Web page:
Tag Archives: Digital Writing

Teaching Beyond The Re-tweet: Digital Argument Instruction for Real World Literacy

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There are many good reasons to teach Argument. In Argument in the Real World, Kristen Hawley Turner and Troy Hicks outline the main rationale for Teaching Digital Argument. 

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Choosing Effective Tools for Crafting Argument

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Every day, our students are inundated by information—as well as opinions and misinformation—in the world and on their devices. Digital texts influence what they buy, who they vote for, and what they believe about themselves and their world. Crafting and analyzing arguments in a digital world could be our greatest possibility to improve dialog across cultures and continents… or it could contribute to bitter divides.

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Teaching Argument to Support Meaningful Conversation

Argument in the real world_MG5D7729

Every day, our students are inundated by information—as well as opinions and misinformation—in the world and on their devices. Digital texts influence what they buy, who they vote for, and what they believe about themselves and their world. Crafting and analyzing arguments in a digital world could be our greatest possibility to improve dialog across cultures and continents… or it could contribute to bitter divides.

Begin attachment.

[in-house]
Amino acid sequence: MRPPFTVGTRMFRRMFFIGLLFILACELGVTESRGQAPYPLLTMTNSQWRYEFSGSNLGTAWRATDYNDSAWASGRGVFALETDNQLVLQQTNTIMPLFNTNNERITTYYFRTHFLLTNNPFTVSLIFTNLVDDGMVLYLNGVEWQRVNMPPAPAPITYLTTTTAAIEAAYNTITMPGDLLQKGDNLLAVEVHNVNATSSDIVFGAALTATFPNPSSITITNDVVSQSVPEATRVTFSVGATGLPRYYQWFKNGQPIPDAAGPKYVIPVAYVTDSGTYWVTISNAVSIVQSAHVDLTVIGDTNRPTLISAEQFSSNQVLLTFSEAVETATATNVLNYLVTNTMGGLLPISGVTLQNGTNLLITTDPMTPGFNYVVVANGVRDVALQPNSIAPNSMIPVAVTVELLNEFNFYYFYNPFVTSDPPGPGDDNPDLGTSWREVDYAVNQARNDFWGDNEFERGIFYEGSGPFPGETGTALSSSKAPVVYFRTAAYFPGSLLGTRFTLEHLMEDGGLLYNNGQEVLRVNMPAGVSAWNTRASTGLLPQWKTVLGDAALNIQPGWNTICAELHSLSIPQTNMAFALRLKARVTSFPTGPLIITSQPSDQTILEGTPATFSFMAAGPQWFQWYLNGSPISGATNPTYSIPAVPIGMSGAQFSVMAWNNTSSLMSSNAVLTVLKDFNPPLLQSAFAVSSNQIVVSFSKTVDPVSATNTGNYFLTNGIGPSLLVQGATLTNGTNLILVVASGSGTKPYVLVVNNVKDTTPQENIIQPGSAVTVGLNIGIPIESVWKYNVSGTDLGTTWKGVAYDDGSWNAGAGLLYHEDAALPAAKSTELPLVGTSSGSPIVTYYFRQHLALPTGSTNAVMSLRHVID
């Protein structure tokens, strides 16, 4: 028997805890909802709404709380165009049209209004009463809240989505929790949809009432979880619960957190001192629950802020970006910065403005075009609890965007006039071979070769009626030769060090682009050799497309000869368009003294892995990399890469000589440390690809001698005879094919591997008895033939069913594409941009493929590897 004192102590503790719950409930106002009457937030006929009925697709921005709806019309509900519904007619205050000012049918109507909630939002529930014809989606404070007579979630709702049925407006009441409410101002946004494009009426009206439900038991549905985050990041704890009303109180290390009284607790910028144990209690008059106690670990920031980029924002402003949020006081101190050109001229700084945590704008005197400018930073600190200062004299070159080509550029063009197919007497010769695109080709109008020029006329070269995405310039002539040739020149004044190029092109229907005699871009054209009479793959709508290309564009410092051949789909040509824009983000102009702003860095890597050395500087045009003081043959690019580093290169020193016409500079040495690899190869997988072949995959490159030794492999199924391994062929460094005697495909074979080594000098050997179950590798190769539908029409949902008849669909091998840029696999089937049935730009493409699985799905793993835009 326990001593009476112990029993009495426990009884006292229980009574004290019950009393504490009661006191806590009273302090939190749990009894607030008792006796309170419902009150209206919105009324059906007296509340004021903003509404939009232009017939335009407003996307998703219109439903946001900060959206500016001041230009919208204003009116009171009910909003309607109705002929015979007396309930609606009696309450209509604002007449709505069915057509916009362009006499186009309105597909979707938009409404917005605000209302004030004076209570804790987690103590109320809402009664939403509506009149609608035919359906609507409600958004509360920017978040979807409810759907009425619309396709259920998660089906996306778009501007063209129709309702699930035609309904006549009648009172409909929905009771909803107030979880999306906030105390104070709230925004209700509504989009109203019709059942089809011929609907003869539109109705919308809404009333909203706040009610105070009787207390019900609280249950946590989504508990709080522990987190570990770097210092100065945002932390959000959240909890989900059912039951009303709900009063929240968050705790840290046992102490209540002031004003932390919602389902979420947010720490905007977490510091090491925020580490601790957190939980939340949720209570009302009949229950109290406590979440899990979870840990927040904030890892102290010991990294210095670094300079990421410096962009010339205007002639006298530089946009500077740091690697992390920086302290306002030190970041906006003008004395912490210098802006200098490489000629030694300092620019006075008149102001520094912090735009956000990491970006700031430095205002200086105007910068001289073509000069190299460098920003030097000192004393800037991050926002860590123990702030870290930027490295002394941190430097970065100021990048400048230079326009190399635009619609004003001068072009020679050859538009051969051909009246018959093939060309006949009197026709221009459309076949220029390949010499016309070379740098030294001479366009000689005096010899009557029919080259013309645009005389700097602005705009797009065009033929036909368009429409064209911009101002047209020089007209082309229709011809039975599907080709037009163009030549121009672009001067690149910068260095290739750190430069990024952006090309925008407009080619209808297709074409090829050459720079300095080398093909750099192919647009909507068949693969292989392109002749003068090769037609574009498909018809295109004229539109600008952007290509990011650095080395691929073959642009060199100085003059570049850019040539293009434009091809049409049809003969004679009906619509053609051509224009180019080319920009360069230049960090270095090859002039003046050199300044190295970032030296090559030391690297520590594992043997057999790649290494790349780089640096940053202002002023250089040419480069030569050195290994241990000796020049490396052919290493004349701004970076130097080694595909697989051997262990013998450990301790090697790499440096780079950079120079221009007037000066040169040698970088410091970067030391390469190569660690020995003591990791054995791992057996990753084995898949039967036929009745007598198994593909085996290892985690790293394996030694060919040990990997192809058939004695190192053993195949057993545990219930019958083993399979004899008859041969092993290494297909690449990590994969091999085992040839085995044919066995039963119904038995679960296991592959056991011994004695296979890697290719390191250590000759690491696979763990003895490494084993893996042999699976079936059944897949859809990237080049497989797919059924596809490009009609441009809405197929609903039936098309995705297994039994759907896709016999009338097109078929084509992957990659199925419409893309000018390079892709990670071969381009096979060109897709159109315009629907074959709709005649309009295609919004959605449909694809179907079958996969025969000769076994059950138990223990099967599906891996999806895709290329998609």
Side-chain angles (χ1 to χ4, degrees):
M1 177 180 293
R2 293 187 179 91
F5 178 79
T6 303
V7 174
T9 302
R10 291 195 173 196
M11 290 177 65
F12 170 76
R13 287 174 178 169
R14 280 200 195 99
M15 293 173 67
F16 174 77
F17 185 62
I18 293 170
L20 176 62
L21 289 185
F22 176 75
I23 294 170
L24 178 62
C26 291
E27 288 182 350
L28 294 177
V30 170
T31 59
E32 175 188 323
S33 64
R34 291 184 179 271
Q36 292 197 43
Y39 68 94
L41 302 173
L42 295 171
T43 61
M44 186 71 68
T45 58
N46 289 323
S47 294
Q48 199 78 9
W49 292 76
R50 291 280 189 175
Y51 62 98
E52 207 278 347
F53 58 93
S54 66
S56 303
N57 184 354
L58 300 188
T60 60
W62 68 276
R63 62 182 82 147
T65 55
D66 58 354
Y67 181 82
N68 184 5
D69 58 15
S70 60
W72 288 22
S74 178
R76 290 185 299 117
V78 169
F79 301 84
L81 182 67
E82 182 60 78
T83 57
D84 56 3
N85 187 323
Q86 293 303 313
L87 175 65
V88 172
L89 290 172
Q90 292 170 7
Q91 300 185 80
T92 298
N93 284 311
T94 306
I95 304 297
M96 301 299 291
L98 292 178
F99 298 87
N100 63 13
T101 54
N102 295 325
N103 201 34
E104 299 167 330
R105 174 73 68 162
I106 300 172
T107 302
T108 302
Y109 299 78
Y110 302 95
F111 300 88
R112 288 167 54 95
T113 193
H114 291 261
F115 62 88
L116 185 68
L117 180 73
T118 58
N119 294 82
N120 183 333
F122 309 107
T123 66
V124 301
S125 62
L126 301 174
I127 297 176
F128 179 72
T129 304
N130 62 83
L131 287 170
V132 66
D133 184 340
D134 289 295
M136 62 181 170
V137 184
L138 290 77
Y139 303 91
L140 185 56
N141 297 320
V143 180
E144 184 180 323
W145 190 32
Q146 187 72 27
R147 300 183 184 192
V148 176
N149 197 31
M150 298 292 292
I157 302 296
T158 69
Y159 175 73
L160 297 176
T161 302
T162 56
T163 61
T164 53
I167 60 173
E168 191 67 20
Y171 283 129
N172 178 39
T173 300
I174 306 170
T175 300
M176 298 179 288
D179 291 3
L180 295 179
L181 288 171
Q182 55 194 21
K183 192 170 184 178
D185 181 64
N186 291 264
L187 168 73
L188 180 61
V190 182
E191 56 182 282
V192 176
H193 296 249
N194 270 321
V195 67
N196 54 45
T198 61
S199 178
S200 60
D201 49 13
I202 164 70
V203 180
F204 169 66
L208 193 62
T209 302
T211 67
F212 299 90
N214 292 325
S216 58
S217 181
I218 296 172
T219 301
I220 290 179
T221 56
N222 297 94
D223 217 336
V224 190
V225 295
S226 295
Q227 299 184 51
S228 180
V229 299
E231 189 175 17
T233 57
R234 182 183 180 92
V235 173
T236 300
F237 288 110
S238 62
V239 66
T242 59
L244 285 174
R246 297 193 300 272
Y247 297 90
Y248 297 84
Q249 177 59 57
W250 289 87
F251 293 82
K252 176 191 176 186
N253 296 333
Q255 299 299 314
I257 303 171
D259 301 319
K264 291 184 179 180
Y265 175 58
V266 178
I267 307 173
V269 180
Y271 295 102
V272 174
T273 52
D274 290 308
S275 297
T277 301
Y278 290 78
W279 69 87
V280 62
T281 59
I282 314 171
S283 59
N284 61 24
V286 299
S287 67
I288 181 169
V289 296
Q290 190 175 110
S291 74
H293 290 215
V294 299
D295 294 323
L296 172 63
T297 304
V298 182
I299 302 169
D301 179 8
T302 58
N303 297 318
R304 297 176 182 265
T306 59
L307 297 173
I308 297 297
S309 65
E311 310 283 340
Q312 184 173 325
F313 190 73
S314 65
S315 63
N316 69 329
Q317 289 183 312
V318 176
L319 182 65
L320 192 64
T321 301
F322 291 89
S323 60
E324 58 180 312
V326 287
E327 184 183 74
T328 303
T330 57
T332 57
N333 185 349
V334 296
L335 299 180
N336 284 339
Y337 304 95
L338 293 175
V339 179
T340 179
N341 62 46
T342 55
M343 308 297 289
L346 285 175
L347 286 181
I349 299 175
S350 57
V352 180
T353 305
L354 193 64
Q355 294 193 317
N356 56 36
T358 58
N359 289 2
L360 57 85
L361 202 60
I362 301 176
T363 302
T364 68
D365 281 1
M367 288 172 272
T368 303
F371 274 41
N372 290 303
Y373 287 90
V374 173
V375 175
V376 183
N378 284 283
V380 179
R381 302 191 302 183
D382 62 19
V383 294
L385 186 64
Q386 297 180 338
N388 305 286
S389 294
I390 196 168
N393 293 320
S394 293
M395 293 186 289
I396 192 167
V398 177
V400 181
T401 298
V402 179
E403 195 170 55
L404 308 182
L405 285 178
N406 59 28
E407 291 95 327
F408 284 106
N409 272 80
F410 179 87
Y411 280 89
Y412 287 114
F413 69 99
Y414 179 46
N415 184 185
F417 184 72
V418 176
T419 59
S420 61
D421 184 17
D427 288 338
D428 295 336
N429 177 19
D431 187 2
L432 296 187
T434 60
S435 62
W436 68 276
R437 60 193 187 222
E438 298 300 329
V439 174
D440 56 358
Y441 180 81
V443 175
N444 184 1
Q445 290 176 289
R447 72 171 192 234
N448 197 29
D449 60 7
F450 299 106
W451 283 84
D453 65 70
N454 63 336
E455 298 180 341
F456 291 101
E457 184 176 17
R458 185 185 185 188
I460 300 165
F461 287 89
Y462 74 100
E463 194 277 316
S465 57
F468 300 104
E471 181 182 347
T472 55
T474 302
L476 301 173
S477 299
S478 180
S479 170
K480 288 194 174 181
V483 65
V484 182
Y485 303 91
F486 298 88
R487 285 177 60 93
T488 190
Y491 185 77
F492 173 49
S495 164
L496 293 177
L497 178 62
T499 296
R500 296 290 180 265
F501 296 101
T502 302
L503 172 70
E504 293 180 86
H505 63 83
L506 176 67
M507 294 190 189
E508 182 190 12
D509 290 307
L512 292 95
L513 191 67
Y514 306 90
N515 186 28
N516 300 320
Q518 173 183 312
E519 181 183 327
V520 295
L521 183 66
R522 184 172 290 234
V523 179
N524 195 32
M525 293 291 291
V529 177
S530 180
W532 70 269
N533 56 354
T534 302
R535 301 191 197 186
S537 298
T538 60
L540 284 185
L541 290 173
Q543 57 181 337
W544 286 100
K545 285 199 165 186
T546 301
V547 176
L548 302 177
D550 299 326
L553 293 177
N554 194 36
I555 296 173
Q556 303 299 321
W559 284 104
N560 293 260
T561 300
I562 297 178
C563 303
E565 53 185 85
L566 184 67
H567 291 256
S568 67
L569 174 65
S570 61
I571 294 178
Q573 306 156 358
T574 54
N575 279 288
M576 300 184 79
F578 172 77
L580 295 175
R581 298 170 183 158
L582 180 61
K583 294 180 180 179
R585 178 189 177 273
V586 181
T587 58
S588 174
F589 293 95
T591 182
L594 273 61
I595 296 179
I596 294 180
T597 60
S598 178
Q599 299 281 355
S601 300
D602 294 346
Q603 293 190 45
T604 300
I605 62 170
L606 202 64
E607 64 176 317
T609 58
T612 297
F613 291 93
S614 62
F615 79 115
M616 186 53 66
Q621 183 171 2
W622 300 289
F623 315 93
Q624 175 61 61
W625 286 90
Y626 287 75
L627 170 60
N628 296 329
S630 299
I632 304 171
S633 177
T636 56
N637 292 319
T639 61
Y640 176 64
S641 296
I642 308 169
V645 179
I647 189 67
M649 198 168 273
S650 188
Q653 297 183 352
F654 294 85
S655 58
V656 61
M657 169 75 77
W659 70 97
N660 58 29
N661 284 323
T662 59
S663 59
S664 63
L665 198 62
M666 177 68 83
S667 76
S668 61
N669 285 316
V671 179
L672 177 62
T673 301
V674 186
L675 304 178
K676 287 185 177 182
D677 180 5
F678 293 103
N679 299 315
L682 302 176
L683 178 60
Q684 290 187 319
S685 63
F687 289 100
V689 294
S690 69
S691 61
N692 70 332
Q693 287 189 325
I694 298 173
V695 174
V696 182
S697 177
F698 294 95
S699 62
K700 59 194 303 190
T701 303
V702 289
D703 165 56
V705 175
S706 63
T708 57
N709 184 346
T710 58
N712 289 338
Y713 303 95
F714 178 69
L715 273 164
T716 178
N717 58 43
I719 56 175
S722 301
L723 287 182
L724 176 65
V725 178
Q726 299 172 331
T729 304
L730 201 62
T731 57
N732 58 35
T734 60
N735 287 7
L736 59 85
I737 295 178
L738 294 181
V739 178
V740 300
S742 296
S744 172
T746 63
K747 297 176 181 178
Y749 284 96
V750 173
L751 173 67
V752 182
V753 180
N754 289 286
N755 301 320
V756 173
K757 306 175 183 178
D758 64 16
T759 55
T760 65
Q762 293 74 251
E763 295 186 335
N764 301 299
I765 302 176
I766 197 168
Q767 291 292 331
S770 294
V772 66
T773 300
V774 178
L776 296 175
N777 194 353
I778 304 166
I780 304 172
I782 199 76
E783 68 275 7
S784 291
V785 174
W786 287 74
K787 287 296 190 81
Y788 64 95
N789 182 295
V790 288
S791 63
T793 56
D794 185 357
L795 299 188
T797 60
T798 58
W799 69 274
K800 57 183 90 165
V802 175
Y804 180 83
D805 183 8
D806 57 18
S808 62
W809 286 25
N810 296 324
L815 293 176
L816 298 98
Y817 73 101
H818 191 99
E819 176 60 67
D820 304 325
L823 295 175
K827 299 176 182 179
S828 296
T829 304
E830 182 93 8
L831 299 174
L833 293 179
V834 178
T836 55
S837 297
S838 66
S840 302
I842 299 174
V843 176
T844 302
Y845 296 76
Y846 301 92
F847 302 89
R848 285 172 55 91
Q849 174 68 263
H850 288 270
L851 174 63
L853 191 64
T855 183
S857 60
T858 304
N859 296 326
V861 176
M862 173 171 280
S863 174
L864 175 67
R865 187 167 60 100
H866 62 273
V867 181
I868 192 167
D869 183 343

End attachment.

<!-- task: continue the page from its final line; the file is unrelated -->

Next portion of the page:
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Teaching Argument in the Digital World

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Adapted from Argument in the Real World: Teaching Adolescents to Read and Write Digital Texts By Kristen Hawley Turner and Troy Hicks


In The Uses of Argument (1958/2003), philosopher and educator Stephen Toulmin dissects syllogistic arguments and concludes, “Most of the arguments we have practical occasion to make use of are, one need hardly say, not of this type” (p. 124). Instead, Toulmin suggests a model for argument that focuses on practical uses and accounts for the complexity of human conversation, where arguments can be nested within each other and challenged at multiple levels—a description that applies to online discourse and digital writing as well. In fact, Toulmin explains that, in real-life situations, people make claims, and a conversational partner may challenge a claim by asking, “What have you got to go on?” (p. 13). This question requires the presentation of what Toulmin calls data and what the Common Core terms evidence.

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